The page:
Tax Relief

Delaware invoice may present tax breaks for unemployment advantages paid in 2021 | Delaware

(The Center Square) – Delaware residents who received unemployment benefits in the last year may be able to deduct the compensation from their gross income, based on laws running through both houses of the General Assembly.

Earlier this month, State MP Edward Osienski, D-Brookside, introduced himself House bill 285, legislation that would grant tax breaks to Delawareans struggling with unemployment as COVID-19 remained an ongoing challenge.

The bill also includes other components, including a passage that would indemnify employers for fraudulent unemployment claims and set the taxable wage base at $14,500 for 2022.

“During this pandemic, thousands of hard-working Delawareans have lost their jobs through no fault of their own,” Osienski said in one Explanation. “Although many have returned to work or found new jobs, they still struggle with financial hardships that employment brings.”

HB 285, which was formally introduced Jan. 6, has two House bodies — the Working Committee on Jan. 11 and the Appropriations Committee on Jan. 13 — drafting positive recommendations.

The bill was formally voted out of committee and presented to the House of Representatives finished list to an upcoming, as yet undetermined date for a third and final reading.

The loss of tax revenue will be borne by the state government, and Delaware officials have begun collating the numbers ahead of the final vote.

“The Treasury Department estimates that the exemption from state taxation of calendar year 2021 unemployment benefits (approximately $466 million paid in 2021) resulted in an overall loss of fund revenue of $18.9 million in the current fiscal year and June 6, 2021 $.3 million in fiscal 2023.” Robert Scoglietti, Office of the Comptroller General, wrote in a tax note.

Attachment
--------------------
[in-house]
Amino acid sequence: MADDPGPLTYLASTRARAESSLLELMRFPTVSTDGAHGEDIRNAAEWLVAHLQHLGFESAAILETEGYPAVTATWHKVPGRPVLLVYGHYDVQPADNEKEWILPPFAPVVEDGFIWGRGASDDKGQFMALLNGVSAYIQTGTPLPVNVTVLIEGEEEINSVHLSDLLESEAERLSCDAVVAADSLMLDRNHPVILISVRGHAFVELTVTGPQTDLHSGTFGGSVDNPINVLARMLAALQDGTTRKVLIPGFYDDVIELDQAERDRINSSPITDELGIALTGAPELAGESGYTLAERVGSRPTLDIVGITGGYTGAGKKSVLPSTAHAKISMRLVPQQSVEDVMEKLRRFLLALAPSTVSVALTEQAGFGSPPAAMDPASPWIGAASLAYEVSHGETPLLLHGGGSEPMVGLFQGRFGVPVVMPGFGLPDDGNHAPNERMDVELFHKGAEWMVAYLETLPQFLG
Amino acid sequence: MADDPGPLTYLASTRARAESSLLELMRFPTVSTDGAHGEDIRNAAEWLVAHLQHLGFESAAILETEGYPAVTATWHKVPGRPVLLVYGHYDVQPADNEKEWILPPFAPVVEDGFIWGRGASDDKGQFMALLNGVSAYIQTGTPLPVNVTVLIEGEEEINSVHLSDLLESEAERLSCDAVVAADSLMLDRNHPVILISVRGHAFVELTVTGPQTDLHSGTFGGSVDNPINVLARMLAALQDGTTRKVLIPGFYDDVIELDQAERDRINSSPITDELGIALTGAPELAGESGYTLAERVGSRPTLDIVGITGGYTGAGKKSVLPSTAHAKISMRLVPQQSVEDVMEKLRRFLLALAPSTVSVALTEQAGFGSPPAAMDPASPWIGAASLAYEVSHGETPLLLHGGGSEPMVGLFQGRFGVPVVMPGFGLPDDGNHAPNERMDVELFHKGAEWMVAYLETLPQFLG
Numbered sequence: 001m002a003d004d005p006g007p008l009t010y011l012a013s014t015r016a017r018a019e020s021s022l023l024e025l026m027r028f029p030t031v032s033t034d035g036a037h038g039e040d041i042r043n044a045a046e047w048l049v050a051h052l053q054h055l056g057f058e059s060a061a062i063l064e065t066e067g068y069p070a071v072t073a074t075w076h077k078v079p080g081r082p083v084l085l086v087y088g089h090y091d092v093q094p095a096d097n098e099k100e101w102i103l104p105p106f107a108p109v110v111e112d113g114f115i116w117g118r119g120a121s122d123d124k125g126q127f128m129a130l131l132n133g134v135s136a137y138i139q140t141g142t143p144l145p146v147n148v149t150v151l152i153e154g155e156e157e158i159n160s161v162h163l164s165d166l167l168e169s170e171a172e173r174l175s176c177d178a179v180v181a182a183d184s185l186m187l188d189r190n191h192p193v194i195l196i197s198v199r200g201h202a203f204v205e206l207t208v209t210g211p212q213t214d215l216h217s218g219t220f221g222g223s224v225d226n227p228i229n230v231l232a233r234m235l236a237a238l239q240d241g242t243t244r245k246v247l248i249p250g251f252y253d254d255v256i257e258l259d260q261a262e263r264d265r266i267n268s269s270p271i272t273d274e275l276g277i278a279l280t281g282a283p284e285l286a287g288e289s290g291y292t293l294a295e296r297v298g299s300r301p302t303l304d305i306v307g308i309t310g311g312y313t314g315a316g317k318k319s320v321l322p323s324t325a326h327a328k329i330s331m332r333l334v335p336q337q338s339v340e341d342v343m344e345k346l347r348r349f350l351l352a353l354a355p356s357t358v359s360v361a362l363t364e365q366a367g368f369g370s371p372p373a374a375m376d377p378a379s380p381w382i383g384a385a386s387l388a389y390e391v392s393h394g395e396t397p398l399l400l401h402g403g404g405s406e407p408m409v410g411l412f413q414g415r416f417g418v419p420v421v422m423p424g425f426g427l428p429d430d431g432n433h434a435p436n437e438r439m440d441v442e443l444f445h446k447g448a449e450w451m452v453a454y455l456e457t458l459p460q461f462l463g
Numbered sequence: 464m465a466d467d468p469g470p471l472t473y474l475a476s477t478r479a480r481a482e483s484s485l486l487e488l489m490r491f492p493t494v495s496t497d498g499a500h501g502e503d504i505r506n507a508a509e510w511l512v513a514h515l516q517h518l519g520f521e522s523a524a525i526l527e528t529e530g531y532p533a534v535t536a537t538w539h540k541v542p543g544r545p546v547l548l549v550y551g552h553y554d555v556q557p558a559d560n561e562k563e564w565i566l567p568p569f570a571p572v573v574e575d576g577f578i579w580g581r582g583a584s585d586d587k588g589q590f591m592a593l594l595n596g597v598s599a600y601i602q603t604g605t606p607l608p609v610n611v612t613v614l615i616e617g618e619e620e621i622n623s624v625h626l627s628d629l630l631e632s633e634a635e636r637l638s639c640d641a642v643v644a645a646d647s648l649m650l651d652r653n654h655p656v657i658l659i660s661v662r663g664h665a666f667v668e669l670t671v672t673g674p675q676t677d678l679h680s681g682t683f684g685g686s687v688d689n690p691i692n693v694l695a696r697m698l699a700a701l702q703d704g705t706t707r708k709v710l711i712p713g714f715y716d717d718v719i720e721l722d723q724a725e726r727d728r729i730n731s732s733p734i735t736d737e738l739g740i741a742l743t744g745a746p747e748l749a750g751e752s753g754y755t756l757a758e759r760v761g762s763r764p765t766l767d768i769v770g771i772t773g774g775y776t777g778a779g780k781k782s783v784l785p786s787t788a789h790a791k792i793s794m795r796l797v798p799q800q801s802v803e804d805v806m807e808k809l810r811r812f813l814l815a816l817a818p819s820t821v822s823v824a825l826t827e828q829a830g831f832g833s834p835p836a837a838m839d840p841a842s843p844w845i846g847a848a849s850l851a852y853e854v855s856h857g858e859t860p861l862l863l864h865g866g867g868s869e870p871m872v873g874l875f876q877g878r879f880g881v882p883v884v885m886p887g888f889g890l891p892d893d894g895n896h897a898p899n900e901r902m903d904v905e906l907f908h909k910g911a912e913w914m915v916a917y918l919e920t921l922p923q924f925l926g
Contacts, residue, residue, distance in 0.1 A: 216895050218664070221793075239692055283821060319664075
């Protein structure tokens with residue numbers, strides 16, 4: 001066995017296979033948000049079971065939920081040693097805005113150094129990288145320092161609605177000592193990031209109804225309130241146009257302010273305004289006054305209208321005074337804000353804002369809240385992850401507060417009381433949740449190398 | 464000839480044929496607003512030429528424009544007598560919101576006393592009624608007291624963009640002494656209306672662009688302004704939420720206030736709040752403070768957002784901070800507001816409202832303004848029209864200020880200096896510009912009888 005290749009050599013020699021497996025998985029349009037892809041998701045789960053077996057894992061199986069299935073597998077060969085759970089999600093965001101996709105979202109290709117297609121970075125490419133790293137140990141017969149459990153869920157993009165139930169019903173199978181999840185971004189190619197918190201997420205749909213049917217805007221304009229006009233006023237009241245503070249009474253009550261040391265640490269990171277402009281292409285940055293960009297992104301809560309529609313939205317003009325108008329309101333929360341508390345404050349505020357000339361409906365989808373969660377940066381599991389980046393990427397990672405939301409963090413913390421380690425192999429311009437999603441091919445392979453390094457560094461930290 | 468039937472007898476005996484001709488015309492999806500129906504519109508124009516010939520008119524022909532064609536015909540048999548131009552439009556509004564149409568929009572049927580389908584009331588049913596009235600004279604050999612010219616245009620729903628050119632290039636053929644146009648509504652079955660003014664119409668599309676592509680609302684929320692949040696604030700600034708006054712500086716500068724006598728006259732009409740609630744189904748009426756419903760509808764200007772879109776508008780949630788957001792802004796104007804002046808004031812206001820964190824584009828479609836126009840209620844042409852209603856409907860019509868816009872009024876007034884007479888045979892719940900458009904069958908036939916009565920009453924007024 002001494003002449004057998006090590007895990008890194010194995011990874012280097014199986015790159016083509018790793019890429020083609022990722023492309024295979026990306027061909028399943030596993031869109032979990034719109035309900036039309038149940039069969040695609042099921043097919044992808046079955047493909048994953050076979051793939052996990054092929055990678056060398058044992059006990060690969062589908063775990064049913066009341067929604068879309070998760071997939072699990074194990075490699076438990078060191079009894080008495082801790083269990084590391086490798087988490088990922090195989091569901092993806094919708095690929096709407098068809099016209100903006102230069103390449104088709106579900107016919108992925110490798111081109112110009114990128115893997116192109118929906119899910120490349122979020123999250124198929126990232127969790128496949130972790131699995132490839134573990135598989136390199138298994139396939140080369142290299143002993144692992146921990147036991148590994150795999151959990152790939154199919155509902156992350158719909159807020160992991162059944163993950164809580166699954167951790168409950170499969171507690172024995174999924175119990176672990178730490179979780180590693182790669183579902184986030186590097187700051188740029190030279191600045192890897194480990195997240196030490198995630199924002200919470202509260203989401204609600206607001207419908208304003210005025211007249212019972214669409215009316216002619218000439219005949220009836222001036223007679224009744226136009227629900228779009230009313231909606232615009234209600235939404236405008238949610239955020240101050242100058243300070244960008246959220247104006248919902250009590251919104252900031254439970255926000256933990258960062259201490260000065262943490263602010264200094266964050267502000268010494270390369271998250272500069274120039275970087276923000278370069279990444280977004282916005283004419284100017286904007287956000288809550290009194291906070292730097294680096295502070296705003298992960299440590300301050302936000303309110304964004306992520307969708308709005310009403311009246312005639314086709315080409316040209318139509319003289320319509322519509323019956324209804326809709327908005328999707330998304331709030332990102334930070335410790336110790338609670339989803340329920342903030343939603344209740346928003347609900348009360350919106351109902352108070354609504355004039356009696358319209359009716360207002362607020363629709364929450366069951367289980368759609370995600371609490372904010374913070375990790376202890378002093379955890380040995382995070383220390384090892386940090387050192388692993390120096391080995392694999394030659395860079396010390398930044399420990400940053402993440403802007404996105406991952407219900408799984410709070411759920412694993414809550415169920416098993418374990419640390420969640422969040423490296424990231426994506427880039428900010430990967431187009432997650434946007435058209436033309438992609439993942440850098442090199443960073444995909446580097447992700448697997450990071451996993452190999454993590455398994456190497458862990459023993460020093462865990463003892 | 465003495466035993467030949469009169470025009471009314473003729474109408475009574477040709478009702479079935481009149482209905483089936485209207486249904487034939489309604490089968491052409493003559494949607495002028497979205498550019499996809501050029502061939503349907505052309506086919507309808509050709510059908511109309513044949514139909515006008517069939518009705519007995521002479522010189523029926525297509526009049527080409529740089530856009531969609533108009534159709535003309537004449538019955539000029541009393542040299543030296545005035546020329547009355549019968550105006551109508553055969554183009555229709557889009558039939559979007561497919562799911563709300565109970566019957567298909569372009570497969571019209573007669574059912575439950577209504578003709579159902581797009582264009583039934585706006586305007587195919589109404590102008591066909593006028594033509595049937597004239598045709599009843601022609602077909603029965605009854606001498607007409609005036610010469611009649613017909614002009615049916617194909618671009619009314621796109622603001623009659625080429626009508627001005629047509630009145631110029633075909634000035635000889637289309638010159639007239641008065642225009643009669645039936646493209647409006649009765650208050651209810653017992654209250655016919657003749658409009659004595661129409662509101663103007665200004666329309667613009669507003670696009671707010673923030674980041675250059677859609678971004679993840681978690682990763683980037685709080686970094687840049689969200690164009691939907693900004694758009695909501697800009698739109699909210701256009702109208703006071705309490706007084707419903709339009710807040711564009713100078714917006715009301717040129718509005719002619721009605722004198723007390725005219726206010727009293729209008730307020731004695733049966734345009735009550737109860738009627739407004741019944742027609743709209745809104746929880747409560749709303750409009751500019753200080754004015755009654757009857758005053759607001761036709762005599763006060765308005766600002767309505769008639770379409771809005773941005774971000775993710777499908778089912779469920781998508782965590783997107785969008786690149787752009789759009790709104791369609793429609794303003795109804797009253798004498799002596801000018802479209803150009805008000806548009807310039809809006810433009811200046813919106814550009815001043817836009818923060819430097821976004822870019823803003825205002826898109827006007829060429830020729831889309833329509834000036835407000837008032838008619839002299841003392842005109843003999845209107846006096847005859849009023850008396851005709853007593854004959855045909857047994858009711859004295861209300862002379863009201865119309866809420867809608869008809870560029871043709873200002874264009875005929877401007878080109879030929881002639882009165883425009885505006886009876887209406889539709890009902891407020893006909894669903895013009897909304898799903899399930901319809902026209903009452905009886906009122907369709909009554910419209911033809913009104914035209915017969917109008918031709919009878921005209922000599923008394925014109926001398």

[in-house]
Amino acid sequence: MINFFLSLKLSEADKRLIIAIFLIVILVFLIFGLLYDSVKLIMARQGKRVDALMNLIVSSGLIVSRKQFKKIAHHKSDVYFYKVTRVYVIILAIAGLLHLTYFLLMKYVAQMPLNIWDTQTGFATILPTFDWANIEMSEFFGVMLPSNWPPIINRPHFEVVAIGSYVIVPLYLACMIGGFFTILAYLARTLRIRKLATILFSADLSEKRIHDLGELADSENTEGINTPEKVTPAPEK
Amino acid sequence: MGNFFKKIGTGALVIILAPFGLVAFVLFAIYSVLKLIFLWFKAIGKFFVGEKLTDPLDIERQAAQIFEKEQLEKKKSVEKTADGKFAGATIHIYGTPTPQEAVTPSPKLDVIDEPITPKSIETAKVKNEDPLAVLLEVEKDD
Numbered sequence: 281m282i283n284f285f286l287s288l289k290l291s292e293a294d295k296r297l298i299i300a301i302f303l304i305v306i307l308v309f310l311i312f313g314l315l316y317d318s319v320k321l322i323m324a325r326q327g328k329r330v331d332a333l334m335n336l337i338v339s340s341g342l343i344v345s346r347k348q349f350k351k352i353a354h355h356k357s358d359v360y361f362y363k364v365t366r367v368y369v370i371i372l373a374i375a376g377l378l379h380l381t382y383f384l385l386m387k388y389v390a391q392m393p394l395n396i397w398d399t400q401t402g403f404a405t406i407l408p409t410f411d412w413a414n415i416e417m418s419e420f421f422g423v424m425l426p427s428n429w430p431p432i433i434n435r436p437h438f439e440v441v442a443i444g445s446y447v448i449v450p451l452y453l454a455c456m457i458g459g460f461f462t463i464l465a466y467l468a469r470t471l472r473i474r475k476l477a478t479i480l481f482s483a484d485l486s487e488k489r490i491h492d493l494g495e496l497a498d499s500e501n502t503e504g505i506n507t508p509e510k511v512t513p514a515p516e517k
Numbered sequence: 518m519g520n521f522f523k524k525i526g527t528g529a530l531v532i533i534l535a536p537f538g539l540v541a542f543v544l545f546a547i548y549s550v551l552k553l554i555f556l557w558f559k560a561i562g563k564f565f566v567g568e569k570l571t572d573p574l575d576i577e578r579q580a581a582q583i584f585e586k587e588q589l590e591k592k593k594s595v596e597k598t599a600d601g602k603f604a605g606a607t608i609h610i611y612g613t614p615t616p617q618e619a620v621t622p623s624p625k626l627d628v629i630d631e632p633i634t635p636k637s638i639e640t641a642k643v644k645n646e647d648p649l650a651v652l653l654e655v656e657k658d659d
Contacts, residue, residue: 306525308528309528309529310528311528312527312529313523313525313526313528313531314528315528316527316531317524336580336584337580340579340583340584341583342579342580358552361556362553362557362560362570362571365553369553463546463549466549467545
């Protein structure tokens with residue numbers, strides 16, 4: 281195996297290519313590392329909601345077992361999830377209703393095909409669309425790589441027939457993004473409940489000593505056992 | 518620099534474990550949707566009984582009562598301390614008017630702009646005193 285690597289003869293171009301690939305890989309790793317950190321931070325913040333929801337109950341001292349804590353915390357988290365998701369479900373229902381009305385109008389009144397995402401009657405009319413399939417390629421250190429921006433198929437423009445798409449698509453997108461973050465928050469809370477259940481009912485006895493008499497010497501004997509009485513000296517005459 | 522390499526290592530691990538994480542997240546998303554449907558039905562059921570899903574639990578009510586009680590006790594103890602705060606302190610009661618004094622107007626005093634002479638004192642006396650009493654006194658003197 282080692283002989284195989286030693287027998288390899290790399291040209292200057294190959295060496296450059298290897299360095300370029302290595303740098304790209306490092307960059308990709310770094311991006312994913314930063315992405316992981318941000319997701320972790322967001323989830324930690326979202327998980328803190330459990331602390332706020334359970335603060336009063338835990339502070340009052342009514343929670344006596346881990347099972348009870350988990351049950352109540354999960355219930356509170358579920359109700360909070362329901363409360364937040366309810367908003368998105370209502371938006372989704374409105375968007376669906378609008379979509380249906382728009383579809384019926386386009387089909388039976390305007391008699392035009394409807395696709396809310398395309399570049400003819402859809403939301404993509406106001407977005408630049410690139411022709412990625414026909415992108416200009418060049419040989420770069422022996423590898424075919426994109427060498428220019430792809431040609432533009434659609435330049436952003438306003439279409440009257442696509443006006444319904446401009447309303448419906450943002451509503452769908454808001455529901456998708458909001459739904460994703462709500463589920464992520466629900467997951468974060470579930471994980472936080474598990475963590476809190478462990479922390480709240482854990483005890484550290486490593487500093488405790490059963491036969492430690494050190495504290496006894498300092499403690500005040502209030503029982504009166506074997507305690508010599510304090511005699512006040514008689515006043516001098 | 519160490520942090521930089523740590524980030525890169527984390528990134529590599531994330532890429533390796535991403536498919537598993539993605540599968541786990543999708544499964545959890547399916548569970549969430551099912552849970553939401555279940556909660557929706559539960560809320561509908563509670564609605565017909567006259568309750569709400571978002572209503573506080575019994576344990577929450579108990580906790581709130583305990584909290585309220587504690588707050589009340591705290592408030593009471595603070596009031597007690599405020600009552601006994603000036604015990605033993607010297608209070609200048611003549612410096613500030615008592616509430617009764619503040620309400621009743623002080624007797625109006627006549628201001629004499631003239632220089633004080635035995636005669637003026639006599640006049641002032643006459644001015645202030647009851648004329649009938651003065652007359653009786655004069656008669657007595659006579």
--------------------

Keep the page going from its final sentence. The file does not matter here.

Osienski’s legislation has garnered support elsewhere in the General Assembly, as well as at the executive level.

State Sen. Jack Walsh, D-Stanton, is listed as an additional sponsor of the legislation. In the press release, Walsh noted that last year the General Assembly allocated approximately $25 million in collective tax breaks to Delaware families and businesses negatively impacted by COVID-19.

“As we enter our third year of this public health emergency, we owe it to Delawareans and the small businesses that are the backbone of our economy to continue these tax breaks for at least another year,” Walsh said.

Gov. John Carney, whose signature would be required to pass the bill, said he supports the tax breaks continuing once the bill lands on his desk.

“Delaware families have been through a lot in the last two years,” Carney said. “And while we’ve significantly expanded unemployment benefits to support Delaware workers and families who have been hardest hit by the COVID-19 crisis, we should not then turn around and tax workers on that income.”

According to the Delaware Division of Unemployment Insurance, more than 185,000 claims have been filed by state residents in the past two fiscal years.

The department reportedly paid out a total of $1.5 billion in unemployment benefits from March 2020 to December 2021. During 2019, $67 million in unemployment benefits were paid out nationwide.

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